I'm a bit limited in my ability to crawl under cars and hammer on things at the moment, so it's a bit more challenging trying to teach him finesse, rather than "Nick rip bolt off car!!!" cro-magnon style work. I was pleased that he didn't cut the subframe in half with the dremel, and only broke the one sway bar bracket bolt.

    And, uh, that's a bit scary about the steering . I'll take new shorts for $300, Bob....
    Glad it got sorted though!

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  8. #28
    Ray
    Saab Fan
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    16 Dec 2015
    Location
    United States
    Posts
    8
    Saab(s)
    '98 9000, '03 9-5 Aero
    Thumbs Up:   0
    The steering thing was more of an irritation than scary because the car still went straight. It was a bit of an entertainment to wiggle the steering wheel back and forth while driving and have no reaction by the car!

    It's great to work with your children on cars and see how they respond to the concept of mechanics. My son's reaction is to drive until it breaks and then text Uber. That's why I gave (read: sold at a discount) my 9000 to my daughter, because she is In To It! Today she called because she was diagnosing the failed windshield washer, and she took off the cover to the "aquarium" and found the broken hose, and then she was working on the solenoid that controls the lock mechanism for the gas flap. So refreshing to have a child that doesn't expect things to be handed to her! Maybe that's the legacy of Saab: reliable transportation that empowers young adults to learn about mechanics! So good for parent- child relationships, too.

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  9. #29
    Saab Enthusiast XLR99's Avatar
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    18 Nov 2014
    Location
    Medina, OH
    Posts
    113
    Saab(s)
    '04 9-5 Aero Wagon, '90 900
    Thumbs Up:   2
    That's awesome that your daughter just dives in and troubleshoots for herself! I'm trying to get mine to both be self-reliant as well.

    OK brief update. I've done, well, not much, to the car in the past few weeks. The high point was getting a few care packages from ebay and eeuro this week:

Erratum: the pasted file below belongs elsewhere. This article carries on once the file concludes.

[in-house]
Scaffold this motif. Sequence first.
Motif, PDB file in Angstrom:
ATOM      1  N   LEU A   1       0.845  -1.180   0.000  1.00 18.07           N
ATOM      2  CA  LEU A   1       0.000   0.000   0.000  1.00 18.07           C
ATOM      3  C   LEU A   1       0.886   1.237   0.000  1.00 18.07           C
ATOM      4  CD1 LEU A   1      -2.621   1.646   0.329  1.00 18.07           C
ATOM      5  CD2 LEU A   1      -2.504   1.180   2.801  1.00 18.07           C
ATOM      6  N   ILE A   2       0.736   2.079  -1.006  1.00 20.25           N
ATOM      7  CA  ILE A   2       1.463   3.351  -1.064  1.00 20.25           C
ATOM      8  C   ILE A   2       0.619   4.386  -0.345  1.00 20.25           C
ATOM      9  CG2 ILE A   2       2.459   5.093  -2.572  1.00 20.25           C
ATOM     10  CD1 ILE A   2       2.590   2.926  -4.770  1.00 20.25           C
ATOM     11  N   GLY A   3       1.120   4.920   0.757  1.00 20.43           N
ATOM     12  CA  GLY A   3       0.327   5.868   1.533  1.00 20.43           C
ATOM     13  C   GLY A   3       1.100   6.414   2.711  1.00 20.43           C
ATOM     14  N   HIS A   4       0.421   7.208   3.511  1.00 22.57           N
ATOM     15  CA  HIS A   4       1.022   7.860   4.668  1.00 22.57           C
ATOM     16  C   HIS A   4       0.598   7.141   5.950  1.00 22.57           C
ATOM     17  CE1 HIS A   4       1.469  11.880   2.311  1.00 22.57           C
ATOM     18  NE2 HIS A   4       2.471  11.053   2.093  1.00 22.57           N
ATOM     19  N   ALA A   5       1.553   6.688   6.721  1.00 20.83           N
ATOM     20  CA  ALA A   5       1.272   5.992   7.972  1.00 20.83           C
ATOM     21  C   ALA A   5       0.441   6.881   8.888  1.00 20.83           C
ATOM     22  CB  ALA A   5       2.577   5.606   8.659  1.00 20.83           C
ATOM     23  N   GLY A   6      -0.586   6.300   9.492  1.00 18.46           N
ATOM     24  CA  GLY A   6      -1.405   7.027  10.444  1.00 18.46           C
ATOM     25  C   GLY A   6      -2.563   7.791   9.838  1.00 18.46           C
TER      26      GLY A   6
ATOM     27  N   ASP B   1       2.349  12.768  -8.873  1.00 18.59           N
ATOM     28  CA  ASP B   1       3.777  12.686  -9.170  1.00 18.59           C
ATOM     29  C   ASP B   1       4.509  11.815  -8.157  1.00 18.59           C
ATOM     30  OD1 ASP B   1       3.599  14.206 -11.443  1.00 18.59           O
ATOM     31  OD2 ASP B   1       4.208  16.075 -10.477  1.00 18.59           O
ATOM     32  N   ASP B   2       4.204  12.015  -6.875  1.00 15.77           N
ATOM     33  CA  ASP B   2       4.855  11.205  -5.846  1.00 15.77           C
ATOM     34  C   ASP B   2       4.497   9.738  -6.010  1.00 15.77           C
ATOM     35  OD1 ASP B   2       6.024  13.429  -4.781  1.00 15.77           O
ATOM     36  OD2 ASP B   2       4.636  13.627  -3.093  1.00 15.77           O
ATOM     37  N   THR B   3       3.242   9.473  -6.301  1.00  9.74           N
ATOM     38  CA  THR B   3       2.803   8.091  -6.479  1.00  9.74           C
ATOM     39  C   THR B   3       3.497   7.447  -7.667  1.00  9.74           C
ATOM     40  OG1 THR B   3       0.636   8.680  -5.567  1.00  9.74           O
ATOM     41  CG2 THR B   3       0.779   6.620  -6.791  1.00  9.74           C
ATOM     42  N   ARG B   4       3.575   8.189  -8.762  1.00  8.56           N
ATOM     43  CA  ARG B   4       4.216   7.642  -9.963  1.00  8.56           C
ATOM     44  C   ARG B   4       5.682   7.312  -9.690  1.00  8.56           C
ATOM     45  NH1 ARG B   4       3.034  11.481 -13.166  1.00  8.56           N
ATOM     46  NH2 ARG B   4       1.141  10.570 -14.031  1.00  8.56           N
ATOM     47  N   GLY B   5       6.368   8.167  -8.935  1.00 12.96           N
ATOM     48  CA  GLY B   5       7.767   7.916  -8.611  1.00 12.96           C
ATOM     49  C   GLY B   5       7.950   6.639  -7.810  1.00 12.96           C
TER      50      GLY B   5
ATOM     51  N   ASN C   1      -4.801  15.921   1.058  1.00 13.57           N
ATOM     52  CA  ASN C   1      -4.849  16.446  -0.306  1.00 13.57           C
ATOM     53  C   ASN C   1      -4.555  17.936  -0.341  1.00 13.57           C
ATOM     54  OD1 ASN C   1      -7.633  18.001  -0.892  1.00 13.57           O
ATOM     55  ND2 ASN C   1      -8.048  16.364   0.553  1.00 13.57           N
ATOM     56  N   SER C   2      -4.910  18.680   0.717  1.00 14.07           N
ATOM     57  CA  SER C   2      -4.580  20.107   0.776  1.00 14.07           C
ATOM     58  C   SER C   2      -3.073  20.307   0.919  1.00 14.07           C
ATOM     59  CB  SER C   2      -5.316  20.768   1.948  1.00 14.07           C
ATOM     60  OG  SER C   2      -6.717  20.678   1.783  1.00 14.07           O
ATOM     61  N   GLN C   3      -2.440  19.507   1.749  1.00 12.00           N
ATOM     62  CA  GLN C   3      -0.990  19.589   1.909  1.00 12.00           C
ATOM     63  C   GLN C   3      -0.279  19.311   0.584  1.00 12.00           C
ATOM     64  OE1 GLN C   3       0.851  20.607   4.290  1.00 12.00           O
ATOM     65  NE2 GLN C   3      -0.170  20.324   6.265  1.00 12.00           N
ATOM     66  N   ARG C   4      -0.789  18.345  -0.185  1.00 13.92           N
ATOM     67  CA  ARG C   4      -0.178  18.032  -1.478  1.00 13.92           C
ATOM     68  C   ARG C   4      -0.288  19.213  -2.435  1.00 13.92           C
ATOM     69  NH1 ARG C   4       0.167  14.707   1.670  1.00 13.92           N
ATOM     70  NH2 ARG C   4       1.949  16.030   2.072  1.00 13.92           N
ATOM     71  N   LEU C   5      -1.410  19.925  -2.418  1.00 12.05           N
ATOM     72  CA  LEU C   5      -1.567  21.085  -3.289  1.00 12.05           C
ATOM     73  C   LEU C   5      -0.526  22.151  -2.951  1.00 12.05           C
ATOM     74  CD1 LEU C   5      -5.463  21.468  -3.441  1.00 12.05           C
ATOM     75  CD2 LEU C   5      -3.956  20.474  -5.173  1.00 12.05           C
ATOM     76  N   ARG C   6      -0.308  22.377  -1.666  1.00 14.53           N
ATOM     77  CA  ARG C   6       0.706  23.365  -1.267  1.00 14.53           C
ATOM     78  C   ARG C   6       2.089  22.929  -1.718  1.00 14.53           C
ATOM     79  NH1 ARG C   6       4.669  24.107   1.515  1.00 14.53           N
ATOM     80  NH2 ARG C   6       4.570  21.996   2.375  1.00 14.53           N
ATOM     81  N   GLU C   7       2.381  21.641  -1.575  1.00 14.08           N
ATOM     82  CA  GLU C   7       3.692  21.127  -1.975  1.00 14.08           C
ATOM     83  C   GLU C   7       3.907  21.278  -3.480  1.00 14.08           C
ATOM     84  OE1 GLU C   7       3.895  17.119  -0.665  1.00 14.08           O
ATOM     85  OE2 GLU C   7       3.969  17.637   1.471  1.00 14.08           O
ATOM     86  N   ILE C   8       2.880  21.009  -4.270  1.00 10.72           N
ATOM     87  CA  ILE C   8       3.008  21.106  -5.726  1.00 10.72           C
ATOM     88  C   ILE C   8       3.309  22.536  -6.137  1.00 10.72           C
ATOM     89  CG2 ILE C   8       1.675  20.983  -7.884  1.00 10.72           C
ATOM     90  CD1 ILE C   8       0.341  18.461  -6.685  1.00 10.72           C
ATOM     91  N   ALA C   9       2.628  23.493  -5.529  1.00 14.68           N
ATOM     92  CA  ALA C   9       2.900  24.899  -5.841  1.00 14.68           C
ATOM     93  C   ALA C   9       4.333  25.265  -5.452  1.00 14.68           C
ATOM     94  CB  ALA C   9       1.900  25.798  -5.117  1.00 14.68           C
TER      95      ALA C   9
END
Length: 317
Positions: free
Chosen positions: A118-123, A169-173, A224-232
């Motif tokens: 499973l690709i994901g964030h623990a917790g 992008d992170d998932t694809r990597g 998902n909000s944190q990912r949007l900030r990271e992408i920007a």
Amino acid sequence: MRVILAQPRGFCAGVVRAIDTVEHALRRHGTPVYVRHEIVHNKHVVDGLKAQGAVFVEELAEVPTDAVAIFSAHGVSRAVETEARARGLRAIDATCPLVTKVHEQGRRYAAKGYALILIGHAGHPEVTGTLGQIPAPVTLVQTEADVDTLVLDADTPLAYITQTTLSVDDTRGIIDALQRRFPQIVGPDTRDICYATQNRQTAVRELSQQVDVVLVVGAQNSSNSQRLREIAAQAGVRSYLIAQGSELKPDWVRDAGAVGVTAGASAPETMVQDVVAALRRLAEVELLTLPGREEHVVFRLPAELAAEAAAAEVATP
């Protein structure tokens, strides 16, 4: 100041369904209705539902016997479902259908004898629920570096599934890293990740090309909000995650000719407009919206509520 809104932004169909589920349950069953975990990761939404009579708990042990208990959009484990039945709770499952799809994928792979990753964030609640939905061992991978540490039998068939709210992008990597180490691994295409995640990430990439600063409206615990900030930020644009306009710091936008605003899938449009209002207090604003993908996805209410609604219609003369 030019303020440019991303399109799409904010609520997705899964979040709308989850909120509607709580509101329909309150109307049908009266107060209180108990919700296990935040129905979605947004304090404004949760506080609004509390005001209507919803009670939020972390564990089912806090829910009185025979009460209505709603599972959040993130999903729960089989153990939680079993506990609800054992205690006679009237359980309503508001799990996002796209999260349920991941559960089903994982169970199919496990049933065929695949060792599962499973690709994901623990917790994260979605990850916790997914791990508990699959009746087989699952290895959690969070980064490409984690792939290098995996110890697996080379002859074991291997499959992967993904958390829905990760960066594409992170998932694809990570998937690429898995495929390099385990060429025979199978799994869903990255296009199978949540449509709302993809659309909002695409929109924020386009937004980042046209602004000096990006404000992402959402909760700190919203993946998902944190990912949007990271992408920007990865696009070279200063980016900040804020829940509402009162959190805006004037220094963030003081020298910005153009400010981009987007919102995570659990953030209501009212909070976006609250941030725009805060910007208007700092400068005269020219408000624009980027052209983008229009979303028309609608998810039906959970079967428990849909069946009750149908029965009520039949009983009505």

I was pretty stoked about the control arms - $118 for arms, bushings, and new ball joints! Usually the rear bushings alone are $75 a side. I usually pull the boots off of ball joints and re-grease them with real RedLine or M1 grease; I've found a few, even 'good' quality ones, that were almost dry inside, in the past ten years or so.

    Here's the link in case anyone else wants to get some: http://www.ebay.com/itm/310550694021?_trksid=p2057872.m2749.l2649&ssPageName=STRK%3AMEBIDX%3AIT . This kit has the 20mm ball joints for 02+ 9-5s. (As an aside, if anyone needs a pair of the 18mm ball joints for 99-01, let me know. I have a pair from before I knew about this MY change.
    I got a bunch of small stuff from Eeuro including an alternator VR/Brush kit, engine sensors, pulleys, and a few other things to take advantage of their mid-winter 10% off sale.

    I repainted the mirrors over the past couple weeks.

    They came out ok, but the paint I foolishly bought off amazon is quite a bit darker than the rest of the car. My BIL told me about a place close to work that will paint match and put it in a spray can for ~20 a can. Wife told me I should just put them on as-is and not worry about it, but I think I'll end up sanding and repainting again.

    I also discovered a very cool Arduino yesterday! It's called BlueSaab, to give an integrated bluetooth phone and music input via the CD changer cable. Not a production thing, so you need to buy the PCBs and other bits, assemble and program it before installing. I'm still reading about it, but figured I'd pass it on:
    http://bluesaab.blogspot.com/search?...&max-results=1